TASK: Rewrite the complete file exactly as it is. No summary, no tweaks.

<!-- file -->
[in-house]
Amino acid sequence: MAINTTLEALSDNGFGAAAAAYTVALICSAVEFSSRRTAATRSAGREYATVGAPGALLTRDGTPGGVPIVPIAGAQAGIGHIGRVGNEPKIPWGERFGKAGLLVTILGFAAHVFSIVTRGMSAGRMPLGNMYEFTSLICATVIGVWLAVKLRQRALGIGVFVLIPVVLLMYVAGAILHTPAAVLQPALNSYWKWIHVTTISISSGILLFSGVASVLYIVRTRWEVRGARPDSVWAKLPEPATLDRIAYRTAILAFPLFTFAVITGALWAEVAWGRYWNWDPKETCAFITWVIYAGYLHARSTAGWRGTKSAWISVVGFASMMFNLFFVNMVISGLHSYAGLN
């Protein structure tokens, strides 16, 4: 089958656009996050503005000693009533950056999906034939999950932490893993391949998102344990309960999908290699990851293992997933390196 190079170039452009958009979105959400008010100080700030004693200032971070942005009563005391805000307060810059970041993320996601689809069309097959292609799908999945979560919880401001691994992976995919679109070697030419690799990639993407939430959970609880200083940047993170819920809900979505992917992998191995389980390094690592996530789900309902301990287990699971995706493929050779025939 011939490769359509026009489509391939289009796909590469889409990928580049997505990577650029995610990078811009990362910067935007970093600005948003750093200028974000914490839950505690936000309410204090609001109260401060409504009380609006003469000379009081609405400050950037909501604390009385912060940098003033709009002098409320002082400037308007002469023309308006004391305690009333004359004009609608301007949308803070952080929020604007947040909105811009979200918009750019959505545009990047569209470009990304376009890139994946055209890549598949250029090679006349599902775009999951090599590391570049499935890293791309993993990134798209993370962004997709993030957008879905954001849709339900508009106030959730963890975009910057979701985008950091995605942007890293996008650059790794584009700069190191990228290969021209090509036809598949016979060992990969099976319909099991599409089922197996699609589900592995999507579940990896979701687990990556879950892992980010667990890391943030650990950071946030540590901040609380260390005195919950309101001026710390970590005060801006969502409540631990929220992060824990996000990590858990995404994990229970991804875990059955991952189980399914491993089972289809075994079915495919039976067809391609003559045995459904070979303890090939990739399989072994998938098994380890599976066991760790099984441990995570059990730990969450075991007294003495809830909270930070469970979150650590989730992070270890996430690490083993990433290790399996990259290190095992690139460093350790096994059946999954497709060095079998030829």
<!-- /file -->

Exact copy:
[in-house]
Amino acid sequence: MAINTTLEALSDNGFGAAAAAYTVALICSAVEFSSRRTAATRSAGREYATVGAPGALLTRDGTPGGVPIVPIAGAQAGIGHIGRVGNEPKIPWGERFGKAGLLVTILGFAAHVFSIVTRGMSAGRMPLGNMYEFTSLICATVIGVWLAVKLRQRALGIGVFVLIPVVLLMYVAGAILHTPAAVLQPALNSYWKWIHVTTISISSGILLFSGVASVLYIVRTRWEVRGARPDSVWAKLPEPATLDRIAYRTAILAFPLFTFAVITGALWAEVAWGRYWNWDPKETCAFITWVIYAGYLHARSTAGWRGTKSAWISVVGFASMMFNLFFVNMVISGLHSYAGLN
């Protein structure tokens, strides 16, 4: 089958656009996050503005000693009533950056999906034939999950932490893993391949998102344990309960999908290699990851293992997933390196 190079170039452009958009979105959400008010100080700030004693200032971070942005009563005391805000307060810059970041993320996601689809069309097959292609799908999945979560919880401001691994992976995919679109070697030419690799990639993407939430959970609880200083940047993170819920809900979505992917992998191995389980390094690592996530789900309902301990287990699971995706493929050779025939 011939490769359509026009489509391939289009796909590469889409990928580049997505990577650029995610990078811009990362910067935007970093600005948003750093200028974000914490839950505690936000309410204090609001109260401060409504009380609006003469000379009081609405400050950037909501604390009385912060940098003033709009002098409320002082400037308007002469023309308006004391305690009333004359004009609608301007949308803070952080929020604007947040909105811009979200918009750019959505545009990047569209470009990304376009890139994946055209890549598949250029090679006349599902775009999951090599590391570049499935890293791309993993990134798209993370962004997709993030957008879905954001849709339900508009106030959730963890975009910057979701985008950091995605942007890293996008650059790794584009700069190191990228290969021209090509036809598949016979060992990969099976319909099991599409089922197996699609589900592995999507579940990896979701687990990556879950892992980010667990890391943030650990950071946030540590901040609380260390005195919950309101001026710390970590005060801006969502409540631990929220992060824990996000990590858990995404994990229970991804875990059955991952189980399914491993089972289809075994079915495919039976067809391609003559045995459904070979303890090939990739399989072994998938098994380890599976066991760790099984441990995570059990730990969450075991007294003495809830909270930070469970979150650590989730992070270890996430690490083993990433290790399996990259290190095992690139460093350790096994059946999954497709060095079998030829």